Anyway, a reasonable strategy is:

1.  look on BookFinder;

2.  if that doesn’t work, see if the publishers have a website that  you can order the book from;

3.  if that doesn’t work, put the ISBN or title/author into Google together with some word such as price (prix, Preis…) to avoid being submerged in library catalogues;

4.  if you can’t find it anywhere, you can always leave a want on sites like abebooks and they’ll email you when it turns up.

Y0u also get some interesting classical books appearing in Italian from time to time–see here for an example.

In person (starting from London, England)

In London, Waterstone’s Gower Street have a reasonable selection, as do Foyle’s. The Blackwells in Charing Cross Road doesn’t have much, but their shops in Oxford and Cambridge do. You can generally use the website to find out which branch of Blackwells has a particular book in stock. As well as Blackwell’s, there’s also the Classics Bookshop to be found in Oxford–well, somewhere in the Oxfordshire countryside nowadays, to be precise.

Otherwise in London, Waterstones in Piccadilly has a wall of Loebs and not much else. Moving into the second-hand/remainder area, the Gower Street Waterstone’s has a reasonable amount of highly-priced used stock, while Skoob have a (often quite substantial) selection of Loebs and some other stuff, and the same goes for Judd Books.  We may also add Unsworth’s in their new home in St Martin’s Court.  Then again,   Henry Pordes Books quite often have something interesting (but very few cheap Loebs).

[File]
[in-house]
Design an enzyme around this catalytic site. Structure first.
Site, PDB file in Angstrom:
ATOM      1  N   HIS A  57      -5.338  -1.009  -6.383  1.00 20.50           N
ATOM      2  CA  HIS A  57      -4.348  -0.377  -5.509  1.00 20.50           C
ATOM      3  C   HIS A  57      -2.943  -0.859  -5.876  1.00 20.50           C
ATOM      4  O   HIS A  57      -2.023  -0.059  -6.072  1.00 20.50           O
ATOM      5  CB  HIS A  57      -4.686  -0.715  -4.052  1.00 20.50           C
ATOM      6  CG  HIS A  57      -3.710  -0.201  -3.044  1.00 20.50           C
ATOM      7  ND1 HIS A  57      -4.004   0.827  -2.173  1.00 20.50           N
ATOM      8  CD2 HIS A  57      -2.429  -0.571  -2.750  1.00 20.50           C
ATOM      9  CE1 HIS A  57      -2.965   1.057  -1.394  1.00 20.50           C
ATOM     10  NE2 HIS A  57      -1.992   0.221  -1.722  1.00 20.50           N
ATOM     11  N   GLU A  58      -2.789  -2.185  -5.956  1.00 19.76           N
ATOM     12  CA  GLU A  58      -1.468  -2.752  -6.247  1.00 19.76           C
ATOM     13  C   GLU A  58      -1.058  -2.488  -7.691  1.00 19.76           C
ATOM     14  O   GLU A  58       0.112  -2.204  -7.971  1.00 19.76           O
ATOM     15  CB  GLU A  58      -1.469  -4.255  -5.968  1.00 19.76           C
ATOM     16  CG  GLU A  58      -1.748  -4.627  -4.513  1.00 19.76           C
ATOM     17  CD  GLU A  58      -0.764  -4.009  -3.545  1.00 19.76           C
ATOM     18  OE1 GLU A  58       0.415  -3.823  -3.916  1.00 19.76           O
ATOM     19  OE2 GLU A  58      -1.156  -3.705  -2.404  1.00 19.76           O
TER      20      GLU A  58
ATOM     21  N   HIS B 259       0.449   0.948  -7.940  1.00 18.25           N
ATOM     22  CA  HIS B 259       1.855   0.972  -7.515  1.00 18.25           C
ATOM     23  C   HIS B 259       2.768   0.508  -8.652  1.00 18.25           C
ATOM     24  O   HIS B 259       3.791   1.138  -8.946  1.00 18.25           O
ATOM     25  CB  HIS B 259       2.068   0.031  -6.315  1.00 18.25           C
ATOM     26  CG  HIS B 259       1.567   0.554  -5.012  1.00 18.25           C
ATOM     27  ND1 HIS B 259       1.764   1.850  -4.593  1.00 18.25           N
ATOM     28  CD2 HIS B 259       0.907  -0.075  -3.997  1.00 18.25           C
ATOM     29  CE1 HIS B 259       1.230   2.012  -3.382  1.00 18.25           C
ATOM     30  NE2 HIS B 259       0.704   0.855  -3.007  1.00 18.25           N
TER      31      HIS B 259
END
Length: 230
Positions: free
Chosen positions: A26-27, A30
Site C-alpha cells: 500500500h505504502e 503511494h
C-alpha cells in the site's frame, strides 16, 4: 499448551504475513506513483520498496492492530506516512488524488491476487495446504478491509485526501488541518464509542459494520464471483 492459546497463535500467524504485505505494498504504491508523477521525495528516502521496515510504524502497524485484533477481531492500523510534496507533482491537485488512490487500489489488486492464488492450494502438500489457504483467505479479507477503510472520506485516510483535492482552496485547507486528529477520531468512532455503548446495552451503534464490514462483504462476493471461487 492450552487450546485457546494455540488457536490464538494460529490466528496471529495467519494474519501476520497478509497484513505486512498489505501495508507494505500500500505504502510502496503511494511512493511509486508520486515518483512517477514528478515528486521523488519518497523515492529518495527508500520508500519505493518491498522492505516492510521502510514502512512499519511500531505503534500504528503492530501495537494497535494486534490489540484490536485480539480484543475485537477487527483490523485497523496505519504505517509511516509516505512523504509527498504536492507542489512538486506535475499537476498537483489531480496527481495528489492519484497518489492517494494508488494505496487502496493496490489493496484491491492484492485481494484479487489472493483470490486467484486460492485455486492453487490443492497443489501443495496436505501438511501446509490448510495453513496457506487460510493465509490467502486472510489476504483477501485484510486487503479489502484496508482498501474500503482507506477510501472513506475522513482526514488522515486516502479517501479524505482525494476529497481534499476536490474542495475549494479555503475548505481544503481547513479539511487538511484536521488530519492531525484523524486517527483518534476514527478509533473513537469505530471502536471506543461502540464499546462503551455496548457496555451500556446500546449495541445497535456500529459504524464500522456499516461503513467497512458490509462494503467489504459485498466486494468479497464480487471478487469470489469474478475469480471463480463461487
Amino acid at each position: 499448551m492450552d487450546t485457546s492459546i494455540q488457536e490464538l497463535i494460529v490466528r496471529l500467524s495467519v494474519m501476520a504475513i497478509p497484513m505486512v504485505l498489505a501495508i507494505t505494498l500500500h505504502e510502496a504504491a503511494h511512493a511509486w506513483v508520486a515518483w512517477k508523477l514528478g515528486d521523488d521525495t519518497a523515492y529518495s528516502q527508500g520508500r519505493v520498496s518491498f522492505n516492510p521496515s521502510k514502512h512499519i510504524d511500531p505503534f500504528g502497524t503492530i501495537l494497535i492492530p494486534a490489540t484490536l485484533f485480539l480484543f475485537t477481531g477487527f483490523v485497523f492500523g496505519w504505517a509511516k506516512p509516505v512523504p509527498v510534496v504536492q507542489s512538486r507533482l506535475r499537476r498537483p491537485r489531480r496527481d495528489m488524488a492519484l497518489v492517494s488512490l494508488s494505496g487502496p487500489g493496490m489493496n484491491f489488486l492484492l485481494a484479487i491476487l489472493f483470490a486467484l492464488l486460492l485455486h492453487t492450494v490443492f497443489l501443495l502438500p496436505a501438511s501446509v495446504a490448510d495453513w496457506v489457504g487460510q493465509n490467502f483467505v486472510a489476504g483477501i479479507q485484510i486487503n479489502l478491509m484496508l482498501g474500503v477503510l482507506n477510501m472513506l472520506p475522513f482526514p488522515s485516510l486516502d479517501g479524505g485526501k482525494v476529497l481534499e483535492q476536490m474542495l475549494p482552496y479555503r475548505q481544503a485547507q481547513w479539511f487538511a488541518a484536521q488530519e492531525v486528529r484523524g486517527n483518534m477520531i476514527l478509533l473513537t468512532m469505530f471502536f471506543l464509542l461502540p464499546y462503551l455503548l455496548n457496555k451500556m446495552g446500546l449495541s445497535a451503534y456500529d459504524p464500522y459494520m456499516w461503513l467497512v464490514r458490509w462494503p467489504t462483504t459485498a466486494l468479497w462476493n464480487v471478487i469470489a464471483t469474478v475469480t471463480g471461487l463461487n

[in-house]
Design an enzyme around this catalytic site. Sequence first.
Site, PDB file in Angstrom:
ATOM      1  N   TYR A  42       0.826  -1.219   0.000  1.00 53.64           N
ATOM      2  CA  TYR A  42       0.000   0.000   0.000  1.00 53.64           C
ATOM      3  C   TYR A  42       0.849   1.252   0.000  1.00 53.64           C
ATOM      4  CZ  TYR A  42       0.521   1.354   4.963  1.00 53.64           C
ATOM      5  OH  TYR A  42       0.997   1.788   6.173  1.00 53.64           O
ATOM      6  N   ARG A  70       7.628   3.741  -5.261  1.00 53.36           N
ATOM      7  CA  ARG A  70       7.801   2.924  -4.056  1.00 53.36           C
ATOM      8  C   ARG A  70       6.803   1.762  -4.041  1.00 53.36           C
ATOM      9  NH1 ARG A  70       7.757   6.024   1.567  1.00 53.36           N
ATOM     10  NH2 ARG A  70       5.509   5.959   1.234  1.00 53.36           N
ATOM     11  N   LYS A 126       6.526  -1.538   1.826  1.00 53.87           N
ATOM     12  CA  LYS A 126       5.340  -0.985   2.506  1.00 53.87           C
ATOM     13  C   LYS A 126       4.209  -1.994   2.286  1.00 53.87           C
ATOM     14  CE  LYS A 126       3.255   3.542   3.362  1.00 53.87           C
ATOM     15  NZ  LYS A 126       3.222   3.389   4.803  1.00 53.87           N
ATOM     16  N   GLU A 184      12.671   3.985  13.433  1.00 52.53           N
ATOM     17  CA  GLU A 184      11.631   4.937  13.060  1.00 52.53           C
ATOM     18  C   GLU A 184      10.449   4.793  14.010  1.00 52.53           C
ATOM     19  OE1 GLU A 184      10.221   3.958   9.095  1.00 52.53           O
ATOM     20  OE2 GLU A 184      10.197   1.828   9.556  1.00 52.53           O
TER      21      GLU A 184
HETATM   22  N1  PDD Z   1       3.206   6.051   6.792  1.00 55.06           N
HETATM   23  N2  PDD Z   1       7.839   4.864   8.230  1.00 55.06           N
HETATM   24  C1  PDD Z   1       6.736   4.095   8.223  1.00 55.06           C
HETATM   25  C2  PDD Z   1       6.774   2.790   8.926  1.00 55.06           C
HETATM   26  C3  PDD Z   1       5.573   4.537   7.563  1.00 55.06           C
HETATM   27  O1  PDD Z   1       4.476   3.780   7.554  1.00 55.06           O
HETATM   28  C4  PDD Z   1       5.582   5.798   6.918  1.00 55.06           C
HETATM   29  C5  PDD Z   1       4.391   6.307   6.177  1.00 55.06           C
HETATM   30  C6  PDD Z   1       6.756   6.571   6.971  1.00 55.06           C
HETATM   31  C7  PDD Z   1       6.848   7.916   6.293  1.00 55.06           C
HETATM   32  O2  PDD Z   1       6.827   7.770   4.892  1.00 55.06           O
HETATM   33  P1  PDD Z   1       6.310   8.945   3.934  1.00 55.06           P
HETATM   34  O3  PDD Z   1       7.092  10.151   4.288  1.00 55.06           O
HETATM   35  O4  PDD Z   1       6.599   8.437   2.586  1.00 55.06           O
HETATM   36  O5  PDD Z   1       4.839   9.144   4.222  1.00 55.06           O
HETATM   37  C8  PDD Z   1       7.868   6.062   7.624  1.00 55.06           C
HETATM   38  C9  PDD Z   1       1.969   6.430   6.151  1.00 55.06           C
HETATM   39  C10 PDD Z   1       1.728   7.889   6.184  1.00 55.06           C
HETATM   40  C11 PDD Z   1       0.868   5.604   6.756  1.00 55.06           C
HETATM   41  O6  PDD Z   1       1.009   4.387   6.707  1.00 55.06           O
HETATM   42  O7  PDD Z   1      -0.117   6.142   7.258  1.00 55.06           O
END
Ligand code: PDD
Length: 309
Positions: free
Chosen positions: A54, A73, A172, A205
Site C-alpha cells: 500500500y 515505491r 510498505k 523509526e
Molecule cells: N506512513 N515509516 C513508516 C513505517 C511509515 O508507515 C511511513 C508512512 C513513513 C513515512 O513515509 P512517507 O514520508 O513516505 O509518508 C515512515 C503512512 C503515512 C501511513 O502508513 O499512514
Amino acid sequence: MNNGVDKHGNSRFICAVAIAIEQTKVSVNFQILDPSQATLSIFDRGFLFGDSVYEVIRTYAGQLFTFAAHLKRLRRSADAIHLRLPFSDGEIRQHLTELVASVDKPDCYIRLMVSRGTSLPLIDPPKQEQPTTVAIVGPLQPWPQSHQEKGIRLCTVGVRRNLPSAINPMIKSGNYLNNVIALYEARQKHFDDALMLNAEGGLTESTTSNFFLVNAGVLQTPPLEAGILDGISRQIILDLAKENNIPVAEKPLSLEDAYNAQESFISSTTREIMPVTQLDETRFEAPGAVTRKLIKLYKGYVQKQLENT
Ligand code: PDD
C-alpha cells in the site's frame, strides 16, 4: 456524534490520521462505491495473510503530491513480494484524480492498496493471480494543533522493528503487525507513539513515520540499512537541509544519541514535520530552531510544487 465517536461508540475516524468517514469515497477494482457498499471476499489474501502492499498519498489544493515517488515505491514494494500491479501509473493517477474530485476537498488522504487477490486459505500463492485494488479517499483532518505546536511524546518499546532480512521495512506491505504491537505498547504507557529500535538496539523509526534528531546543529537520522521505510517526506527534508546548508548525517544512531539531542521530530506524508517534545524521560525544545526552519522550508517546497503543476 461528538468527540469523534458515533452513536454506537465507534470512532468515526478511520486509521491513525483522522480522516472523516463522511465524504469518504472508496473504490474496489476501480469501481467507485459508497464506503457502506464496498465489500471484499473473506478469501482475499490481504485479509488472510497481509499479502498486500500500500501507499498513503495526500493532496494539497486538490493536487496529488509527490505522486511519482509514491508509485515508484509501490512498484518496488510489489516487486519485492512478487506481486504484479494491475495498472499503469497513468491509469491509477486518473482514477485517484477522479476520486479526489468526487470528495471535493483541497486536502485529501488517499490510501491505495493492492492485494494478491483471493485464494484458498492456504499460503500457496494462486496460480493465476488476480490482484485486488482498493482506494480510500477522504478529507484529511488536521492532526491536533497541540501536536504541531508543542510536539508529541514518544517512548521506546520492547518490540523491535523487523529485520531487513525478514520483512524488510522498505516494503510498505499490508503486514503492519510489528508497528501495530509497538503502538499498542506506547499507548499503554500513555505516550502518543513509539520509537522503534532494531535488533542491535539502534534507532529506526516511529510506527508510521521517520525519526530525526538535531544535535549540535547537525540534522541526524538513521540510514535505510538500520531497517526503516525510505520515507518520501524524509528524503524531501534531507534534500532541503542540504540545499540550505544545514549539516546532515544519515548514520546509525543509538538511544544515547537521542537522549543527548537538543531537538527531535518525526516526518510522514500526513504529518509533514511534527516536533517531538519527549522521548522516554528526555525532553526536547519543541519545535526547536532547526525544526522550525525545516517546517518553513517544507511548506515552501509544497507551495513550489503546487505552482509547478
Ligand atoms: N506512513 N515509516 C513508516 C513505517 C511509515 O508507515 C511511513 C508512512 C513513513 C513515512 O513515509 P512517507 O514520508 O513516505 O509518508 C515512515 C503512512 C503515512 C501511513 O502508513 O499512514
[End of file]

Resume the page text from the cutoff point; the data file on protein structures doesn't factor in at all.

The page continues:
And there’s always the Hellenic Bookservice!

A word about Bibles

The definitive editions of the Tanakh (Hebrew Bible), Septuagint (Greek translation of the Tanakh), Vulgate (Latin version of the Bible) and Greek New Testament are those published by the Deutsche Bibelgesellschaft.  It’s worth having a look on their website, since these editions may be more available or cheaper there than on Amazon/via the normal channels.  You’ll need to use the Latin versions of the titles: Biblia Hebraica, Septuaginta, Vulgata, Novum Testamentum Graece.

That reminds me of the large amount of time I spent in Moscow bookshops unsuccessfully searching for a Church Slavonic bible, and also of some amusing stories about Kurt Aland…

Note:  as from December 2010, any updates will be here.